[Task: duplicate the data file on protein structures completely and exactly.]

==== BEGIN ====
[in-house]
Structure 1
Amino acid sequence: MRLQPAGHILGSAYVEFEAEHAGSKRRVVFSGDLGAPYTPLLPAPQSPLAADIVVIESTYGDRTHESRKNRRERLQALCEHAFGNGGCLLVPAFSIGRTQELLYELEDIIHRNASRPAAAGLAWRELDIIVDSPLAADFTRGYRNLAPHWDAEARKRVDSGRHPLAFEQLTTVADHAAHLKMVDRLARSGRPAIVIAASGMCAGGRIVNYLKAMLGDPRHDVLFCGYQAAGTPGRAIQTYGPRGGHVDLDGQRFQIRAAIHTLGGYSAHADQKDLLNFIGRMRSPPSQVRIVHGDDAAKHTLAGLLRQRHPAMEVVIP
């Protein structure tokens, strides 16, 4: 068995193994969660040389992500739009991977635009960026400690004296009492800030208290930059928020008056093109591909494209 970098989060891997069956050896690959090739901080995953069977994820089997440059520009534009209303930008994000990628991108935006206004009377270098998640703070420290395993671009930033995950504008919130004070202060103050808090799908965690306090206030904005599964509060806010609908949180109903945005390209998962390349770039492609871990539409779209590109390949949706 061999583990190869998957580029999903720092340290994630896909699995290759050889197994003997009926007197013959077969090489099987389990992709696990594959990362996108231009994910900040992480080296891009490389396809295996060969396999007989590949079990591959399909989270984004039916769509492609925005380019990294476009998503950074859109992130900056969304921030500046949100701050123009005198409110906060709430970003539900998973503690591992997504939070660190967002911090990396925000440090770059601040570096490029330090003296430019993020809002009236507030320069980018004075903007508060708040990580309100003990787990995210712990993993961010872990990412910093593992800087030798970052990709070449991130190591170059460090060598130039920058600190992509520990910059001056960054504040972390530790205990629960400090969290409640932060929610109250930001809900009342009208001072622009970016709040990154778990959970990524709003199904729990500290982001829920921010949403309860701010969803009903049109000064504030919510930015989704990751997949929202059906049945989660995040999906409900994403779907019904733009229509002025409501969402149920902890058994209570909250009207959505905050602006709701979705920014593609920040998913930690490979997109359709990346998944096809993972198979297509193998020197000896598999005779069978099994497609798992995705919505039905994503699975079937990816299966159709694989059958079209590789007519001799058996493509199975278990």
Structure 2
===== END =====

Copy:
[in-house]
Structure 1
Amino acid sequence: MRLQPAGHILGSAYVEFEAEHAGSKRRVVFSGDLGAPYTPLLPAPQSPLAADIVVIESTYGDRTHESRKNRRERLQALCEHAFGNGGCLLVPAFSIGRTQELLYELEDIIHRNASRPAAAGLAWRELDIIVDSPLAADFTRGYRNLAPHWDAEARKRVDSGRHPLAFEQLTTVADHAAHLKMVDRLARSGRPAIVIAASGMCAGGRIVNYLKAMLGDPRHDVLFCGYQAAGTPGRAIQTYGPRGGHVDLDGQRFQIRAAIHTLGGYSAHADQKDLLNFIGRMRSPPSQVRIVHGDDAAKHTLAGLLRQRHPAMEVVIP
């Protein structure tokens, strides 16, 4: 068995193994969660040389992500739009991977635009960026400690004296009492800030208290930059928020008056093109591909494209 970098989060891997069956050896690959090739901080995953069977994820089997440059520009534009209303930008994000990628991108935006206004009377270098998640703070420290395993671009930033995950504008919130004070202060103050808090799908965690306090206030904005599964509060806010609908949180109903945005390209998962390349770039492609871990539409779209590109390949949706 061999583990190869998957580029999903720092340290994630896909699995290759050889197994003997009926007197013959077969090489099987389990992709696990594959990362996108231009994910900040992480080296891009490389396809295996060969396999007989590949079990591959399909989270984004039916769509492609925005380019990294476009998503950074859109992130900056969304921030500046949100701050123009005198409110906060709430970003539900998973503690591992997504939070660190967002911090990396925000440090770059601040570096490029330090003296430019993020809002009236507030320069980018004075903007508060708040990580309100003990787990995210712990993993961010872990990412910093593992800087030798970052990709070449991130190591170059460090060598130039920058600190992509520990910059001056960054504040972390530790205990629960400090969290409640932060929610109250930001809900009342009208001072622009970016709040990154778990959970990524709003199904729990500290982001829920921010949403309860701010969803009903049109000064504030919510930015989704990751997949929202059906049945989660995040999906409900994403779907019904733009229509002025409501969402149920902890058994209570909250009207959505905050602006709701979705920014593609920040998913930690490979997109359709990346998944096809993972198979297509193998020197000896598999005779069978099994497609798992995705919505039905994503699975079937990816299966159709694989059958079209590789007519001799058996493509199975278990």
Structure 2